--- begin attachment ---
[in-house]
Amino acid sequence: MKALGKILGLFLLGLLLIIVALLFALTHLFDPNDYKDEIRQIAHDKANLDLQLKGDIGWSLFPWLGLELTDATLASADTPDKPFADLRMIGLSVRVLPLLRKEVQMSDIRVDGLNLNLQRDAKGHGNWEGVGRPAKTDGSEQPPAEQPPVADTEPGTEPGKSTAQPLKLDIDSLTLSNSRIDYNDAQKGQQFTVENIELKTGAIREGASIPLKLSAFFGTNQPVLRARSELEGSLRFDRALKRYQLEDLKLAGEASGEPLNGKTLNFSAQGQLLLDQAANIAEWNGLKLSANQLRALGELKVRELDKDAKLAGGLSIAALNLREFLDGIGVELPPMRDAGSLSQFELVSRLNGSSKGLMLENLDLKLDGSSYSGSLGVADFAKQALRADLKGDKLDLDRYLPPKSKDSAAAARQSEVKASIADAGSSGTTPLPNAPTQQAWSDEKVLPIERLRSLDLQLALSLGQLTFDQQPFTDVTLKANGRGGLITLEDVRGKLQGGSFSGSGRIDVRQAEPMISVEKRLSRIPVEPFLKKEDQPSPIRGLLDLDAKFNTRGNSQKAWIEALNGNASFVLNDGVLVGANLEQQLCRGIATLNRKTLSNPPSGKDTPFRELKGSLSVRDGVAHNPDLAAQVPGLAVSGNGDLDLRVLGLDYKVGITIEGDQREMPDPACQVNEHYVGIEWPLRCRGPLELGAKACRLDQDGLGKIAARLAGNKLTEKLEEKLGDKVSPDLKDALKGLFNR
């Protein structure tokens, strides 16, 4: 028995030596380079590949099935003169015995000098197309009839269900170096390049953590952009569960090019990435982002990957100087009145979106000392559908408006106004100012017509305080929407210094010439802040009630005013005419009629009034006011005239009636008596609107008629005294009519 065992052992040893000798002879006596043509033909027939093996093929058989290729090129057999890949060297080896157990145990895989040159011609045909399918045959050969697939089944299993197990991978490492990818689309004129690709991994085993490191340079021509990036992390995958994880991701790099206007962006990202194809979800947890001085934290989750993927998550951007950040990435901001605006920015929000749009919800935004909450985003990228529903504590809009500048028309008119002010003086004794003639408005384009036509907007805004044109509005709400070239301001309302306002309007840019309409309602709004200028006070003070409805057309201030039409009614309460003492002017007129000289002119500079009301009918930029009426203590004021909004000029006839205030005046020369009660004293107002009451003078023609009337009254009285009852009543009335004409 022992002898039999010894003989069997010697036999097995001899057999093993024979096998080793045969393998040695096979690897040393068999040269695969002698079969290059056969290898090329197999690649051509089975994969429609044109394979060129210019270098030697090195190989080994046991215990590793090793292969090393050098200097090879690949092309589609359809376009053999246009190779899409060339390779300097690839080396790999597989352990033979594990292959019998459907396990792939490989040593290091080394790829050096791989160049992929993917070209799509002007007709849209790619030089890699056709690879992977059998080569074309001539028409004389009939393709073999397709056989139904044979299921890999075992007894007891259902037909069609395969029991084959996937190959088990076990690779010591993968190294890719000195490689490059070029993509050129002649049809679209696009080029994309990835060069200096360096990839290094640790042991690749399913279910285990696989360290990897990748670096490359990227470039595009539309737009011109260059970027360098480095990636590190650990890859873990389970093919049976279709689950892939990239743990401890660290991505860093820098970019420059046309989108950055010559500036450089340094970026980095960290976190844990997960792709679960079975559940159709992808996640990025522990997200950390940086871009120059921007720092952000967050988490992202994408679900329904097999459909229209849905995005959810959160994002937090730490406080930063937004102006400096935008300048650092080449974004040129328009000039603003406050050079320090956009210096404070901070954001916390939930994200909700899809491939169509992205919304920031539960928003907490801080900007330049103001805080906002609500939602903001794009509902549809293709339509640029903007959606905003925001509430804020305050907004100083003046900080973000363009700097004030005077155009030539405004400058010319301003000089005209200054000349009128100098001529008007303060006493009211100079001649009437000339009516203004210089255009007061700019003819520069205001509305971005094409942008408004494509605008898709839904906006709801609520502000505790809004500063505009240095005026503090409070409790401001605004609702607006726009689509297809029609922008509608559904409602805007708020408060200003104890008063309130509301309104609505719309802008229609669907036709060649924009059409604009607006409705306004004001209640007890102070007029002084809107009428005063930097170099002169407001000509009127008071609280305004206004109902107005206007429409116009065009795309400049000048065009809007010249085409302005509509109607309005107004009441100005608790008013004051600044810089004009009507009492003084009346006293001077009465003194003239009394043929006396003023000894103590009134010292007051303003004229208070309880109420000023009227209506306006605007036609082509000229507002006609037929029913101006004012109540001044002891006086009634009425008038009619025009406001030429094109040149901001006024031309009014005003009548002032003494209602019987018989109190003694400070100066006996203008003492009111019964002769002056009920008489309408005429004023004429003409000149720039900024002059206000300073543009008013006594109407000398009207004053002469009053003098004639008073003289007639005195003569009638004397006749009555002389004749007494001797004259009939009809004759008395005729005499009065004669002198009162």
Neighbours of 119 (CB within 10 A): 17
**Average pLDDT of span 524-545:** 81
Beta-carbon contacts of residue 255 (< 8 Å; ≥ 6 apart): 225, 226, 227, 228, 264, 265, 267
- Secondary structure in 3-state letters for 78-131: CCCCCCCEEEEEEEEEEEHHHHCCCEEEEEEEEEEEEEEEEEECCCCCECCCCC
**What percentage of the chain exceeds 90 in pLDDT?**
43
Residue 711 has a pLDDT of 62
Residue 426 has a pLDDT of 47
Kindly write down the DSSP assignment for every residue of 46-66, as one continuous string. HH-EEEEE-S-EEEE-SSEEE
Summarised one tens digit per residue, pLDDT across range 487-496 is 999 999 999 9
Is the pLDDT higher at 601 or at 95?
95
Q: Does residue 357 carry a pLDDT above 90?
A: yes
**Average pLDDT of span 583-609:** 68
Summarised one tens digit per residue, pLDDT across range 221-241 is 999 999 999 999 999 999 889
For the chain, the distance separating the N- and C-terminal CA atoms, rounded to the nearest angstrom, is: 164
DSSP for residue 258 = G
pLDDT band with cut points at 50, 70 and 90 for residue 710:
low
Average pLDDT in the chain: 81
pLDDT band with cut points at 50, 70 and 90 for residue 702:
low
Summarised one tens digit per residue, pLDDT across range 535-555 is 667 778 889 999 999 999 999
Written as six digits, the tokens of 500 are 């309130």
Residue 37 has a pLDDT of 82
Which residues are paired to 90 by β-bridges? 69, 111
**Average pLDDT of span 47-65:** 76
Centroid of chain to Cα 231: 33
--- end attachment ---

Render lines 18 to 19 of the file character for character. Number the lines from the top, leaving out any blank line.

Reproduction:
**Average pLDDT of span 583-609:** 68
Summarised one tens digit per residue, pLDDT across range 221-241 is 999 999 999 999 999 999 889